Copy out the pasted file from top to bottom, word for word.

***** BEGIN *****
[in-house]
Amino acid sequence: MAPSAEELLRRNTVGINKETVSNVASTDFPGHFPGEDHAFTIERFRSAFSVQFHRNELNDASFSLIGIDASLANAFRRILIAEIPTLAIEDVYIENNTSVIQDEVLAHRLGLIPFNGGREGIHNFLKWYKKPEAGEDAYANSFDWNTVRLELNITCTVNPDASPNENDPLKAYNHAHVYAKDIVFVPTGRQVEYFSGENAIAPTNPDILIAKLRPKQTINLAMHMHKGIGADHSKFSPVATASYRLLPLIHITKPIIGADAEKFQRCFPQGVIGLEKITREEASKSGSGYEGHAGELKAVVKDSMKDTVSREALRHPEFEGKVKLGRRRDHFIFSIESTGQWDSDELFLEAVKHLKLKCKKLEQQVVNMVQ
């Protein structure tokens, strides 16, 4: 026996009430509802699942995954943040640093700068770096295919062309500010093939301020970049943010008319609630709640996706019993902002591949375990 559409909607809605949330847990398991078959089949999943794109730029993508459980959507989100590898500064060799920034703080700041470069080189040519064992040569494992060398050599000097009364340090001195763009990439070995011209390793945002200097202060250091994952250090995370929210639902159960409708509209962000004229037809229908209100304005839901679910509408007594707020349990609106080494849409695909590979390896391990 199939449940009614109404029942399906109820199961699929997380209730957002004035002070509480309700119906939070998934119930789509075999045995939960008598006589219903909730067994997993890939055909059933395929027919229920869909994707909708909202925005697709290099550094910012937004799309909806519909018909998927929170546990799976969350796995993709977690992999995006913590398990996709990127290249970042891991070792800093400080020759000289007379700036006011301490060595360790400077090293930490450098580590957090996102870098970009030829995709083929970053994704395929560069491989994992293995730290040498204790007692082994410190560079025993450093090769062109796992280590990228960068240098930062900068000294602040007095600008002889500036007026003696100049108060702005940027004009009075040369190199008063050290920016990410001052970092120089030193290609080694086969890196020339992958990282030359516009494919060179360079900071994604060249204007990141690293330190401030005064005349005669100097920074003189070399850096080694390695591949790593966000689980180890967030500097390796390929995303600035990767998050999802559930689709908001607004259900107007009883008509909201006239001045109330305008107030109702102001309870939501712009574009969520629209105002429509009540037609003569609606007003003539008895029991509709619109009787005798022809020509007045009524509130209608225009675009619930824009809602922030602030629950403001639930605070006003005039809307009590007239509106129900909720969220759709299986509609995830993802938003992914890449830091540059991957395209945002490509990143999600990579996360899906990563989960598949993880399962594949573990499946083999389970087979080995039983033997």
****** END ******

[in-house]
Amino acid sequence: MAPSAEELLRRNTVGINKETVSNVASTDFPGHFPGEDHAFTIERFRSAFSVQFHRNELNDASFSLIGIDASLANAFRRILIAEIPTLAIEDVYIENNTSVIQDEVLAHRLGLIPFNGGREGIHNFLKWYKKPEAGEDAYANSFDWNTVRLELNITCTVNPDASPNENDPLKAYNHAHVYAKDIVFVPTGRQVEYFSGENAIAPTNPDILIAKLRPKQTINLAMHMHKGIGADHSKFSPVATASYRLLPLIHITKPIIGADAEKFQRCFPQGVIGLEKITREEASKSGSGYEGHAGELKAVVKDSMKDTVSREALRHPEFEGKVKLGRRRDHFIFSIESTGQWDSDELFLEAVKHLKLKCKKLEQQVVNMVQ
């Protein structure tokens, strides 16, 4: 026996009430509802699942995954943040640093700068770096295919062309500010093939301020970049943010008319609630709640996706019993902002591949375990 559409909607809605949330847990398991078959089949999943794109730029993508459980959507989100590898500064060799920034703080700041470069080189040519064992040569494992060398050599000097009364340090001195763009990439070995011209390793945002200097202060250091994952250090995370929210639902159960409708509209962000004229037809229908209100304005839901679910509408007594707020349990609106080494849409695909590979390896391990 199939449940009614109404029942399906109820199961699929997380209730957002004035002070509480309700119906939070998934119930789509075999045995939960008598006589219903909730067994997993890939055909059933395929027919229920869909994707909708909202925005697709290099550094910012937004799309909806519909018909998927929170546990799976969350796995993709977690992999995006913590398990996709990127290249970042891991070792800093400080020759000289007379700036006011301490060595360790400077090293930490450098580590957090996102870098970009030829995709083929970053994704395929560069491989994992293995730290040498204790007692082994410190560079025993450093090769062109796992280590990228960068240098930062900068000294602040007095600008002889500036007026003696100049108060702005940027004009009075040369190199008063050290920016990410001052970092120089030193290609080694086969890196020339992958990282030359516009494919060179360079900071994604060249204007990141690293330190401030005064005349005669100097920074003189070399850096080694390695591949790593966000689980180890967030500097390796390929995303600035990767998050999802559930689709908001607004259900107007009883008509909201006239001045109330305008107030109702102001309870939501712009574009969520629209105002429509009540037609003569609606007003003539008895029991509709619109009787005798022809020509007045009524509130209608225009675009619930824009809602922030602030629950403001639930605070006003005039809307009590007239509106129900909720969220759709299986509609995830993802938003992914890449830091540059991957395209945002490509990143999600990579996360899906990563989960598949993880399962594949573990499946083999389970087979080995039983033997």